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XHTML Basic and XHTML modularization: CODE, VAR, KBD and SAMP

From: Jonny Axelsson <jonny@metastasis.net>
Date: Tue, 22 Feb 2000 13:59:10 +0100
Message-Id: <3.0.6.32.20000222135910.007b3860@mail.linpro.no>
To: www-html@w3.org
EXPEL CODE, VAR, KBD, SAMP

Don't get me wrong, these are clearly defined and very useful elements in
their context. But they are legacy elements from the early days of HTML,
where it was used to a large extent for coding. If there were to be
elements with predefined meaning today, elements like ABSTRACT, BYLINE,
CAPTION (for pictures), HYPERBOLE, PULLQUOTE... would make much more sense.
Programmers belong to a small special interest group, catering to them
especially in XHTML Basic would be counterproductive.

I think it is safe to say that the vast majority of HTML producers will
never use this module the way it was intended. Most will prudently ignore
these elements, some will see these "free" elements (that they would never
use normally) as  experimental ones to play around with.

There is a particular danger. If CODE is available, and TT is not, and
either styles are not available or the designer is ignorant of them, some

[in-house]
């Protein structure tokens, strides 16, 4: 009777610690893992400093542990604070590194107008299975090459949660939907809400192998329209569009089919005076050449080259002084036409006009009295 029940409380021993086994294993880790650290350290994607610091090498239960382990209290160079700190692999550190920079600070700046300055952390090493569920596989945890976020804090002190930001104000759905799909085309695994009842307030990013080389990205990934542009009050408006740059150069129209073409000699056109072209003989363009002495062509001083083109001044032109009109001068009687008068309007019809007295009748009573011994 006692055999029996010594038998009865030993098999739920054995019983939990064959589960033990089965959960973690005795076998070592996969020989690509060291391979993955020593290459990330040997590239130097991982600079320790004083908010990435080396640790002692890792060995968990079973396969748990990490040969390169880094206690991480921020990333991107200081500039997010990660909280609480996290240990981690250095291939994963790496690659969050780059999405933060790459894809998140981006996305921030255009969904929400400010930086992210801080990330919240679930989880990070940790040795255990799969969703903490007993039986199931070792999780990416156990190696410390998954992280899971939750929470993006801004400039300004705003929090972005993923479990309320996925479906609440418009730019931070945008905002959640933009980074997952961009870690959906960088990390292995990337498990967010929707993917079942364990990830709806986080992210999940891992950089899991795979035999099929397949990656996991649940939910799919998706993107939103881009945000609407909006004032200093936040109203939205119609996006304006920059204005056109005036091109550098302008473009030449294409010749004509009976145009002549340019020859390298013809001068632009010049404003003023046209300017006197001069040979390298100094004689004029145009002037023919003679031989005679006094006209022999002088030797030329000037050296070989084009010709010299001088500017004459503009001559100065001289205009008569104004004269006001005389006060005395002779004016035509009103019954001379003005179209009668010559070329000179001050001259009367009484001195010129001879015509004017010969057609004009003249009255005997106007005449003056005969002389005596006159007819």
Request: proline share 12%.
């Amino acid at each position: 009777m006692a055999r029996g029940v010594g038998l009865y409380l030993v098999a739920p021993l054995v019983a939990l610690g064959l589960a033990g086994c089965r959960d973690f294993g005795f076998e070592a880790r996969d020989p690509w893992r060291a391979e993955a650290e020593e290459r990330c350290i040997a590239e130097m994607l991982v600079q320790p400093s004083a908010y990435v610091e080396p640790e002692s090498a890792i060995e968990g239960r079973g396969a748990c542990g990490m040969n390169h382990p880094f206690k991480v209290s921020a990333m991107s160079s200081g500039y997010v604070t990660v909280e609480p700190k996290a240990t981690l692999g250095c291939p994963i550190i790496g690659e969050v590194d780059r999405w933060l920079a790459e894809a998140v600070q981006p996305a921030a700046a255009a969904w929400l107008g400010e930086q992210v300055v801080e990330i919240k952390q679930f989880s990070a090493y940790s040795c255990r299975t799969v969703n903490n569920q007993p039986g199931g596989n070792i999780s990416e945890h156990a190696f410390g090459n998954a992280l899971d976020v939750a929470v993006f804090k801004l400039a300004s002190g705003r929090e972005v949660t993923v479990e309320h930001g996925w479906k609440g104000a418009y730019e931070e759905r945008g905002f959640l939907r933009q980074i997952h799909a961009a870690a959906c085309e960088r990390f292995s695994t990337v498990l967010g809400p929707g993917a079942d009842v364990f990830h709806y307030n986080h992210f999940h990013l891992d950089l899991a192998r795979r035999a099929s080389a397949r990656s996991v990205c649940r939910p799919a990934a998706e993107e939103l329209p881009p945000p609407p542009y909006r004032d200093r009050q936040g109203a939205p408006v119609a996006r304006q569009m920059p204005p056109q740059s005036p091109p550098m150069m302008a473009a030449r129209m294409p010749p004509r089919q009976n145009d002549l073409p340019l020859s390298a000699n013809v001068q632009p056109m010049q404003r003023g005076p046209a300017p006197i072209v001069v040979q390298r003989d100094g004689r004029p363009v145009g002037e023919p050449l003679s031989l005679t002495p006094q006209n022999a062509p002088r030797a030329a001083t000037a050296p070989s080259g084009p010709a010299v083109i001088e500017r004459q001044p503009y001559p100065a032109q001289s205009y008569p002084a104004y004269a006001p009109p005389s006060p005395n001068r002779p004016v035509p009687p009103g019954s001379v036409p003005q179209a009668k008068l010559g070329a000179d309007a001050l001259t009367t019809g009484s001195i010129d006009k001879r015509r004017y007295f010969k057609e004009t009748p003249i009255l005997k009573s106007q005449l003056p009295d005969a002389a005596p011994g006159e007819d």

of the clever ignorant designers will use CODE to encode TT. Even if that
is a minority of a minority, that minority will still outnumber the ones
using CODE properly.


PURITY OF ESSENCE

In my opinion, the cleanest option is to strip off all semantic elements
from the kernel of XHTML. Having elements with universal meaning were a lot
easier when the Universe was the University. One approach would be to make
special interest modules (that is XHTML elements with predefined meaning),
science and programming, academia, press, office, manufacturing... That
would be back to the pre-XML days, so leaving this to XML seems a more
reasonable course.

These elements should be in XHTML Basic
Structural elements: body, head, html, title, div, span (these are basic
both for documents and data)
Fundamental text elements: h1-h6, p; also blockquote, q, abbr, em (only
relevant for documents)
Special: br and pre (these can also be defined in style sheets)

These should be in XHTML 1.1, but not in XHTML Basic
Interoperable text elements: b, i, sub, sup, tt?
"Semantic" elements: address, cite, dfn (must pass test of universality and
clarity)
Legacy programming module: code, var, kbd and samp


ADDRESS is losing out. The traditional 1994 web page is far less common,
and ADDRESS really doesn't have the power and flexibility needed for its
purpose.
CITE may be ambigous. My association to "citation" is scientific citation
(true to its roots), the examples I have seen tends to legal citations
(similar, but different, still has "citation-ness" to it), I suspect the
use of this element varies widely. Incidentally, why doesn't CITE have a
CITE attribute?
DFN may be the safest of these. Most producers would agree what a
definition is. I think.

These are my opinions based on my samples of documents. I don't know if
there is any research on actual usage of the semantic tags (and HTML coding
in general) based on a large and representative sample. A State of the Web
report would be very useful.
Received on Tuesday, 22 February 2000 08:00:02 GMT

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